The entry-level 2.5L gets a 2.5-liter five-cylinder engine that puts out 170 horsepower and 177 pound-feet of torque. A six-speed automatic transmission is standard. In Edmunds testing, a Beetle 2.5L coupe went from zero to 60 mph in 9 seconds -- about average for an automatic compact. Expect the convertible to be a bit slower. This powertrain's EPA's fuel economy estimates are 21 mpg city/27 mpg highway and 23 mpg combined. This is actually the worst fuel economy of them all, and not that impressive for a car this size.
The TDI is powered by a 2.0-liter turbodiesel that produces 140 hp and 236 lb-ft. Transmission choices here include the standard six-speed manual transmission and an optional six-speed automated manual known as DSG. EPA fuel economy estimates come in at 28/41/32.
The Turbo takes its name from a turbocharged 2.0-liter four-cylinder engine that cranks out a healthy 200 hp and 207 lb-ft of torque. It gets the same transmission choices as the TDI. Expect a 0-60 time north of the Turbo coupe's 6.6 seconds. More impressive than that performance boost are fuel economy numbers that surpass those of the base model at 21/30/24 with the manual and 21/29/24 with the DSG automatic. Premium fuel is recommended, though.
Standard safety features on the 2013 Volkswagen Beetle Convertible include antilock disc brakes, traction and stability control and combination head/thorax front side airbags. Also standard are roll bars behind the rear seats that pop up in a fraction of a second in a crash.
From behind the steering wheel, the 2013 Volkswagen Beetle Convertible is an enjoyable car to drive. Just how enjoyable largely depends on which of the three available engines is under the hood.
The entry-level 2.5-liter five-cylinder is powerful enough, but it sounds unrefined and its fuel economy is subpar. The Turbo's turbocharged 2.0-liter four-cylinder delivers far more satisfying acceleration and goes farther on a gallon of gas to boot. The four-cylinder turbodiesel powering the TDI is supremely fuel-efficient, while also being considerably livelier than you might expect.
When it comes to the transmissions behind those engines, the easy-shifting six-speed manual rates as one of the best of its type. The optional DSG auto-manual gearbox is a good compromise for those who want the sportiness of a manual and the convenience of an automatic, despite the slow throttle response when left in the normal drive mode.
The VW Beetle Convertible also handles fairly well, especially with the sport-tuned suspension that underpins the Turbo model. While the Turbo's handling isn't in the same league as high-performance models like the Mini Cooper S and Fiat 500C Abarth, it's still good fun on a twisty road. Ride quality is quite good on the 2.5L and TDI, and even the Turbo manages to be refined enough in this department to make a pleasant road trip companion.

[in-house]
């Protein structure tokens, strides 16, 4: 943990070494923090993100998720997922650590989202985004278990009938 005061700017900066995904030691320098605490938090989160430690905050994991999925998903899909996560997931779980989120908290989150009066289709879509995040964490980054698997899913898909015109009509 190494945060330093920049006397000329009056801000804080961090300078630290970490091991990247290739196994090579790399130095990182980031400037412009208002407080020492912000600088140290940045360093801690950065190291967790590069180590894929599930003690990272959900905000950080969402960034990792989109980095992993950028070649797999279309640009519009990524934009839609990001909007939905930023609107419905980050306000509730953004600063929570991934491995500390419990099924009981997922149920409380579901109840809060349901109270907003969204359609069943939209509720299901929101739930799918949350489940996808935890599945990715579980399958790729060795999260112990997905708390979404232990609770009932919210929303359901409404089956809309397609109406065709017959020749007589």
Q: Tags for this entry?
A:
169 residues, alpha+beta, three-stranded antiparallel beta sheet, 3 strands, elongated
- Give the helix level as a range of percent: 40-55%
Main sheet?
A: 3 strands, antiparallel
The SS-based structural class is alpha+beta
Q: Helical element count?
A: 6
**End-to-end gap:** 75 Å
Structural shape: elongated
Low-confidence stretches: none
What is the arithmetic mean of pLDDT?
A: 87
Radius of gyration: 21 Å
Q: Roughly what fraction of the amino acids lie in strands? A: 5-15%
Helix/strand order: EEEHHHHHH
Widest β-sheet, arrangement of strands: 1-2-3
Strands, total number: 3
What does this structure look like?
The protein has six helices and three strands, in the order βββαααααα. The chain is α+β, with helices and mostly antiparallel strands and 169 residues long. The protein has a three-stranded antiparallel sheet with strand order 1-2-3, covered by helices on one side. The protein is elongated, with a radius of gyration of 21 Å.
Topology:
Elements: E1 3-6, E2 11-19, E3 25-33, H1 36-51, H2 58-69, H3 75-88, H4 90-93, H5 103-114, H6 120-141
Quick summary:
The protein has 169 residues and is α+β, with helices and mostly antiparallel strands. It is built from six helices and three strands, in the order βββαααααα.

Like the outside of the car, the interior of the 2013 Volkswagen Beetle Convertible has a less cutesy look to it. Gone are the previous generation's built-in flower vase and the broad expanse of dash between the steering wheel and the windshield. It's more sensible and normal now, but there's still plenty of style and personality.
As with most VW models, the workmanship and materials here are top-notch. Large gauges, buttons and rotary knobs are easy to see and intuitive to use, which is more than we can say for some of the Beetle Convertible's competitors.
Up front the seats are comfortable, with generous amounts of legroom. Rear seat passengers will find a modest amount of legroom and a bolt-upright seatback, but no mainstream convertible save for the Chrysler 200 offers anything substantially better. Another noteworthy improvement is that the soft top now folds lower atop the rear deck. This improves rear visibility considerably, but the view back is still hardly praiseworthy. An old-school tonneau cover must also be affixed to the folded roof, should you want a cleaner look and less wind noise.
The car's growth spurt also means the trunk has grown to 7.1 cubic feet, and that space can be expanded by flipping down one or both halves of the 50/50-split rear seatbacks. Still, this is a rather negligible amount of space.
Edmunds expert review process
This review was written by a member of Edmunds' editorial team of expert car reviewers. Our team drives every car you can buy. We put the vehicles through rigorous testing, evaluating how they drive and comparing them in detail to their competitors.
We're also regular people like you, so we pay attention to all the different ways people use their cars every day. We want to know if there's enough room for our families and our weekend gear and whether or not our favorite drink fits in the cupholder. Our editors want to help you make the best decision on a car that fits your life.